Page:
Published in 1766, The Vicar of Wakefield by Oliver Goldsmith became one of the most widely read novels of the Victorian era. It is widely referenced in British literature—from Charles Dickens' Tale of Two Cities to Jane Austen's Emma and George Eliot's Middlemarch. A book about family endurance, the drama surrounds the characters of the Primrose family: Dr. Primrose as the Vicar of Wakefield, his wife, and their many children. The Primrose's idyllic country life is turned upside down when they lose their financial footing and a daughter is abducted.
Author and Publication Background
The circumstances in which the novel was published were nearly as dramatic as the work itself. Dr. Samuel Johnson was one of Goldsmith's closest friends. One morning, Johnson received a message from Goldsmith asking him to meet the writer at his home. Goldsmith couldn't pay his rent, and his landlady was about to evict him. When Johnson arrived, Goldsmith handed him the completed novel and begged Johnson to quickly secure a publisher. Johnson did just that, selling The Vicar of Wakefield to a bookseller for 60 pounds. Goldsmith used the money to avoid eviction.
Goldsmith did not always take credit for his literary works. In the beginning of his writing career, he used the pen name "James Willington," which was the name of old classmate from Trinity. Sometimes he wrote anonymously. Although one of his most famous works, The History of Little Goody Two-Shoes, is attributed to him, he never claimed it as his own. John Newbery published the book in 1765 without providing the name of the author. Goldsmith wrote children's books for Newbery as one means of paying off the gambling debts he frequently incurred.
The Vicar's family experiences instability at the novel's start. When the Vicar's son, George, is about to marry the wealthy Arabella Wilmot, the Vicar loses his family's inheritance to a merchant investor who leaves town with the money. As a result, Wilmot's father calls off the wedding, and George also leaves the parish. After the wedding fiasco and family bankruptcy, the remaining Primrose family members move to a more humble parish on land owned by Squire Thornhill. Relocating to the parish seemed to provide the peace and tranquility the Primrose family desired. However, this does not last long.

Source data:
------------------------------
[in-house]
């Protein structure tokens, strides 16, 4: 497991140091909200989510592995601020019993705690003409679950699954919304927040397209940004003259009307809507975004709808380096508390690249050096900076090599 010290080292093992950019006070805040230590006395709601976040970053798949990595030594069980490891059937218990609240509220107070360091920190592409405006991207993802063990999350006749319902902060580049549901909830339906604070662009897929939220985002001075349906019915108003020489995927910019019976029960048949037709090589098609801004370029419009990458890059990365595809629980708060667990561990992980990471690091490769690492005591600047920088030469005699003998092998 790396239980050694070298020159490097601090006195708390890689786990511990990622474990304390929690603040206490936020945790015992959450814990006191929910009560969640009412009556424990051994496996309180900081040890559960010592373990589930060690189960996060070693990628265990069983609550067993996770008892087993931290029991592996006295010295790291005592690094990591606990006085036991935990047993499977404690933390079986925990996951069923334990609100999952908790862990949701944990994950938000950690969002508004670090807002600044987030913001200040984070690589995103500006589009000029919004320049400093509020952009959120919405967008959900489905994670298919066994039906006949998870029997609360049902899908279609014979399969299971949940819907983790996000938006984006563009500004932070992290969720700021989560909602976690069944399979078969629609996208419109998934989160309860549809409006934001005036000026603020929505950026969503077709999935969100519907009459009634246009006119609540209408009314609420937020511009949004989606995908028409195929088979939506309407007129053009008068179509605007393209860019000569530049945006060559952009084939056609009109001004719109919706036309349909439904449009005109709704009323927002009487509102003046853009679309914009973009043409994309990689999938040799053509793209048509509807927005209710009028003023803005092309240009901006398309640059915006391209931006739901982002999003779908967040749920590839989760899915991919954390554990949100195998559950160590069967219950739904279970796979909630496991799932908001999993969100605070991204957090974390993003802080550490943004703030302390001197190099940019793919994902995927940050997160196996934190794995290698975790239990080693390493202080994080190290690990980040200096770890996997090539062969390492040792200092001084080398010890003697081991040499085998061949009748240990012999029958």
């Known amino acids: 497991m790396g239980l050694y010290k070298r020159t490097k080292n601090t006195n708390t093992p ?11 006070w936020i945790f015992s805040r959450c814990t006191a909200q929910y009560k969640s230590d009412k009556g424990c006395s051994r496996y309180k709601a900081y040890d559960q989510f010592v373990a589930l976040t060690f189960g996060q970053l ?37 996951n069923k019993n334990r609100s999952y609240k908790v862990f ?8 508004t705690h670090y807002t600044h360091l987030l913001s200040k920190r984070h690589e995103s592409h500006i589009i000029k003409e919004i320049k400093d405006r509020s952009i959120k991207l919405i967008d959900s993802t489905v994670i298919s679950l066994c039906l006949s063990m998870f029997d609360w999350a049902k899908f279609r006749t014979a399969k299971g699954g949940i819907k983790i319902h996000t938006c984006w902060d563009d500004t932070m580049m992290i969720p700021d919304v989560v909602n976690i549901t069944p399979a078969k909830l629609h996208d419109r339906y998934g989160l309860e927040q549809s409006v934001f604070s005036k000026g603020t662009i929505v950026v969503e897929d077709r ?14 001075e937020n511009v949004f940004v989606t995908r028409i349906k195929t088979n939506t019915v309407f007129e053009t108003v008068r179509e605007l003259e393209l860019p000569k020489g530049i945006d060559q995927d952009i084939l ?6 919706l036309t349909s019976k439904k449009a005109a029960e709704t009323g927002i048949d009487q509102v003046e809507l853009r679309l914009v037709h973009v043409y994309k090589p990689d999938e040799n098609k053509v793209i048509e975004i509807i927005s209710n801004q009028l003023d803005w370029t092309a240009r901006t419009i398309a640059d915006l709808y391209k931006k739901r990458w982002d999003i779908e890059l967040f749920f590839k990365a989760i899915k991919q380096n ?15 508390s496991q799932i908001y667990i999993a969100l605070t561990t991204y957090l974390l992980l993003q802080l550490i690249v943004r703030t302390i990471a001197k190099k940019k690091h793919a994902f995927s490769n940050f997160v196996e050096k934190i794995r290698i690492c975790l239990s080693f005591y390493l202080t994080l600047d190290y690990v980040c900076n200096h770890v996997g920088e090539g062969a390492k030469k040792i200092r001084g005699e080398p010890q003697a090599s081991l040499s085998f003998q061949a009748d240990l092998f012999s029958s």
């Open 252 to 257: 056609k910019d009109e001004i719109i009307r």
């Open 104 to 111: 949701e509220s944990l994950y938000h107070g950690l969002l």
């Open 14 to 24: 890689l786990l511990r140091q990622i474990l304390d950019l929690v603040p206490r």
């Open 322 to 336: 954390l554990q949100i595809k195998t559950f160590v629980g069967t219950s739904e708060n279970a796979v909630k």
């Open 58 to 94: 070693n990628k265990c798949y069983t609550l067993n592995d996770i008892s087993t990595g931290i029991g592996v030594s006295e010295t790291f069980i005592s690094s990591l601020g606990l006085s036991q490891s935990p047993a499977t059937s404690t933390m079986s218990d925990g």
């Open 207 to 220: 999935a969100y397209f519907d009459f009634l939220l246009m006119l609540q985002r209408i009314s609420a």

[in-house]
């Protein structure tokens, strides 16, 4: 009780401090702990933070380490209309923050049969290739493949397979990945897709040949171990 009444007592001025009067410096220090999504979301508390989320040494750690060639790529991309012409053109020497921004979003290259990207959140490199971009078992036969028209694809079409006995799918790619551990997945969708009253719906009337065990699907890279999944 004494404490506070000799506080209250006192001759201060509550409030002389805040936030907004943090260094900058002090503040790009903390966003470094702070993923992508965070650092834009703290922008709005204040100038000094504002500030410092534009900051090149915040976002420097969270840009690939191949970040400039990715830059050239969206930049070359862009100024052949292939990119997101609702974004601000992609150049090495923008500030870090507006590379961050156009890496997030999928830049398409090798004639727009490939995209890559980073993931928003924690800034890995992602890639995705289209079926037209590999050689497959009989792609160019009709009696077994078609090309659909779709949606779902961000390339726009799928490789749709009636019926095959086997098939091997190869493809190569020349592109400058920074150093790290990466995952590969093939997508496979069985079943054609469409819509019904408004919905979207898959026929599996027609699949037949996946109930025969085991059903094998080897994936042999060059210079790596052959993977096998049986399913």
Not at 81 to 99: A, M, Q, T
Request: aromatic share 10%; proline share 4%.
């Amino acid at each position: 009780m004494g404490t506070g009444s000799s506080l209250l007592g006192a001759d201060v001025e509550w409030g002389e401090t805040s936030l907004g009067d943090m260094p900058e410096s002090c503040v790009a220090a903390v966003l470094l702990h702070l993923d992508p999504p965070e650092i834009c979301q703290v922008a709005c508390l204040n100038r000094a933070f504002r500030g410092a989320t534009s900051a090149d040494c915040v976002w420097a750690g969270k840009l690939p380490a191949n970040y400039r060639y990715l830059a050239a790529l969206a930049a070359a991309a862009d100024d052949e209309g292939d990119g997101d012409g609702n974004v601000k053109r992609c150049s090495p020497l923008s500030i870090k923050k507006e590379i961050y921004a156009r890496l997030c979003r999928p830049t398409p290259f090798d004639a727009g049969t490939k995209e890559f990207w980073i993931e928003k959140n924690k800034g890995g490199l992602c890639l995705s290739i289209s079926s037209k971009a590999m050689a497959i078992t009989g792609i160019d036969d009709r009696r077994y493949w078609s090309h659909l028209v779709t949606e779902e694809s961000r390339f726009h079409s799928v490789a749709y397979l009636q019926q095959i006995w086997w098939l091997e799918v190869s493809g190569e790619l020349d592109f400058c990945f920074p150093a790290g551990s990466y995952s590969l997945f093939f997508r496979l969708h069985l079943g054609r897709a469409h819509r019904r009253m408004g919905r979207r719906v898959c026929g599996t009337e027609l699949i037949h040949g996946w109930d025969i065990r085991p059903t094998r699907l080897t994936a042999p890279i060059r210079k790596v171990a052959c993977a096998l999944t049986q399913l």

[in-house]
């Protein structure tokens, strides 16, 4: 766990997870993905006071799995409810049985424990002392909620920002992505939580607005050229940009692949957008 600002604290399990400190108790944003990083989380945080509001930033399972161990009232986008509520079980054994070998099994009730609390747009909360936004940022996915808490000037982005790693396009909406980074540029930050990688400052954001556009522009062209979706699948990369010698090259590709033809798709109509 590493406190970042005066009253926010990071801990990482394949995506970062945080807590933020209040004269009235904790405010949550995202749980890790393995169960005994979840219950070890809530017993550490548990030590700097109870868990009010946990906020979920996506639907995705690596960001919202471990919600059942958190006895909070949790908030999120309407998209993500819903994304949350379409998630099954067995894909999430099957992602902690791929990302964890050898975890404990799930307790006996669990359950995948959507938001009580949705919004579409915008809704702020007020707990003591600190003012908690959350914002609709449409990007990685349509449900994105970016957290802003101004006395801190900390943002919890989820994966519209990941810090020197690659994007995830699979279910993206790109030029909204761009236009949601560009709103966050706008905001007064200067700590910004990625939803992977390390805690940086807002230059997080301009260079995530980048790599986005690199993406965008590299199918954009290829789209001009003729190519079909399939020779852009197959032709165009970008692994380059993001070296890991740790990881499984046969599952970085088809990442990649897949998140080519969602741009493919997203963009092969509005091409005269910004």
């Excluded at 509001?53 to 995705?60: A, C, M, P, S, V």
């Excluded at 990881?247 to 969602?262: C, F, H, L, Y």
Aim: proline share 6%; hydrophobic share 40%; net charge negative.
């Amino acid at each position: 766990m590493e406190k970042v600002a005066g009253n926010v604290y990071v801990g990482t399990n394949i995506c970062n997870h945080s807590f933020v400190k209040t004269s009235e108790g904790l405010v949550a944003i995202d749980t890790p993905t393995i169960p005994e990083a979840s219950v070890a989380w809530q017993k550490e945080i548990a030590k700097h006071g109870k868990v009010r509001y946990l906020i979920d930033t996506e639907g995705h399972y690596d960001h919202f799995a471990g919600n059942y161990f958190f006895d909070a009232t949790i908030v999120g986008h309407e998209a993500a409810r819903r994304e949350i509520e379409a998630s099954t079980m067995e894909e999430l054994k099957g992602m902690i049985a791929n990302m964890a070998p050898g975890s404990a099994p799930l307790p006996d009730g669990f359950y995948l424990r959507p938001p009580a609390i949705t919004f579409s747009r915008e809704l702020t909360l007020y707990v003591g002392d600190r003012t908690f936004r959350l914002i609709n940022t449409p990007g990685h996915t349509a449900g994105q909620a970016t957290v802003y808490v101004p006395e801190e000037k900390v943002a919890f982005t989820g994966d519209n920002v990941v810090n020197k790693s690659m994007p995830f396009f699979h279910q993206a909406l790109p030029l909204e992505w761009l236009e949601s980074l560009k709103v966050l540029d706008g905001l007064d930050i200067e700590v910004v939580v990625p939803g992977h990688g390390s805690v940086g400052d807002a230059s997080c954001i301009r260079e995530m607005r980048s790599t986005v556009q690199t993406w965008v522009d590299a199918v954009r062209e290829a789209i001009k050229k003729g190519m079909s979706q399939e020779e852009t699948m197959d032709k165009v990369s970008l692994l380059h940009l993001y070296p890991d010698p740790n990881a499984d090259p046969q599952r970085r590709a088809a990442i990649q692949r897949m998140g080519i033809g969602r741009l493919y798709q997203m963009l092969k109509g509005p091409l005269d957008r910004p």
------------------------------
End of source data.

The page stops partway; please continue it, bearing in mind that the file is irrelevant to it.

Sophia, the Vicar's daughter, is smitten with Mr. Burchell, a poor man that Sophia's social-climbing mother discourages her daughter from seeing. Olivia, the Vicar's eldest daughter, disappears and the Vicar initially accuses the impoverished Mr. Burchell of abducting her. Rather, it was Mr. Thornhill, the landlord, who had taken Olivia, marrying her in a mock ceremony with plans to leave her thereafter.
The calamity does not end with the abduction. The Primrose home catches fire, destroying all of their belongings. And when the Vicar cannot pay the rent to Mr. Thornhill, he is thrown in prison. He is followed there by his son who challenges Mr. Thornhill to a duel. Things become even more surreal when the impoverished Mr. Burchell is in fact not downtrodden but one Sir William Thornhill (not to be confused with the evil landlord), a wealthy nobleman and Squire Thornhill's uncle, who travels the countryside in disguise. This is where things begin to look up for the Primrose family. Sir William marries Sophia, and George finally marries Arabella. The Vicar also finds financial security again when the merchant who caused the family's bankruptcy is found and held accountable. As for Olivia, it turns out her sham marriage was in fact legalized, and she is tied to the terrible Squire Thornhill.
Themes in The Vicar of Wakefield
The Vicar of Wakefield touches on many themes: class, gender, and the strength of family. But religion, or lack therefore in the novel, is also worthy of note. Although Goldsmith's protagonist is part of the clergy, and moral messages run throughout the novel, the Vicar doesn't have a particularly intimate relationship with God. Rather, he uses religion to selfishly advance his family to their determent.